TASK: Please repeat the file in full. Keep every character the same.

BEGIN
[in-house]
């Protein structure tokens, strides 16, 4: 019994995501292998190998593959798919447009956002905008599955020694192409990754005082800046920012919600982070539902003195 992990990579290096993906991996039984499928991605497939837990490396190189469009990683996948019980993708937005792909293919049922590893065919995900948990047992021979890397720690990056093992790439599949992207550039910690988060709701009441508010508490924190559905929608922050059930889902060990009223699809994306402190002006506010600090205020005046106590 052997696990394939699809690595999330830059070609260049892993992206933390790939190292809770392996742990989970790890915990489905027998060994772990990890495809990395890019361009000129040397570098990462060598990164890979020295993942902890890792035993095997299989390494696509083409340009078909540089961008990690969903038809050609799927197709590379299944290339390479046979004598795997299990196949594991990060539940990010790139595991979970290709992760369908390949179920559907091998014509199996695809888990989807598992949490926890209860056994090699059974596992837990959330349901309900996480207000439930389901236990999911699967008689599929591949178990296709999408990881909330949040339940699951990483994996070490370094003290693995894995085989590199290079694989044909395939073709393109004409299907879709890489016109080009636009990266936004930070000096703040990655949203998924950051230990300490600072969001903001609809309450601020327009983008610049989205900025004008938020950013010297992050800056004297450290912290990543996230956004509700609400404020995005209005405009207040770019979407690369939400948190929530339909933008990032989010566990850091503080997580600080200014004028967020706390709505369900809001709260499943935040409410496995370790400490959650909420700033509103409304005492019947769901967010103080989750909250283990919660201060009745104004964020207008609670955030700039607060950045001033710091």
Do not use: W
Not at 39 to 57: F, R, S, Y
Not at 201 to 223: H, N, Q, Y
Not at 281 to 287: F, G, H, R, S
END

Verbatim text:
[in-house]
């Protein structure tokens, strides 16, 4: 019994995501292998190998593959798919447009956002905008599955020694192409990754005082800046920012919600982070539902003195 992990990579290096993906991996039984499928991605497939837990490396190189469009990683996948019980993708937005792909293919049922590893065919995900948990047992021979890397720690990056093992790439599949992207550039910690988060709701009441508010508490924190559905929608922050059930889902060990009223699809994306402190002006506010600090205020005046106590 052997696990394939699809690595999330830059070609260049892993992206933390790939190292809770392996742990989970790890915990489905027998060994772990990890495809990395890019361009000129040397570098990462060598990164890979020295993942902890890792035993095997299989390494696509083409340009078909540089961008990690969903038809050609799927197709590379299944290339390479046979004598795997299990196949594991990060539940990010790139595991979970290709992760369908390949179920559907091998014509199996695809888990989807598992949490926890209860056994090699059974596992837990959330349901309900996480207000439930389901236990999911699967008689599929591949178990296709999408990881909330949040339940699951990483994996070490370094003290693995894995085989590199290079694989044909395939073709393109004409299907879709890489016109080009636009990266936004930070000096703040990655949203998924950051230990300490600072969001903001609809309450601020327009983008610049989205900025004008938020950013010297992050800056004297450290912290990543996230956004509700609400404020995005209005405009207040770019979407690369939400948190929530339909933008990032989010566990850091503080997580600080200014004028967020706390709505369900809001709260499943935040409410496995370790400490959650909420700033509103409304005492019947769901967010103080989750909250283990919660201060009745104004964020207008609670955030700039607060950045001033710091």
Do not use: W
Not at 39 to 57: F, R, S, Y
Not at 201 to 223: H, N, Q, Y
Not at 281 to 287: F, G, H, R, S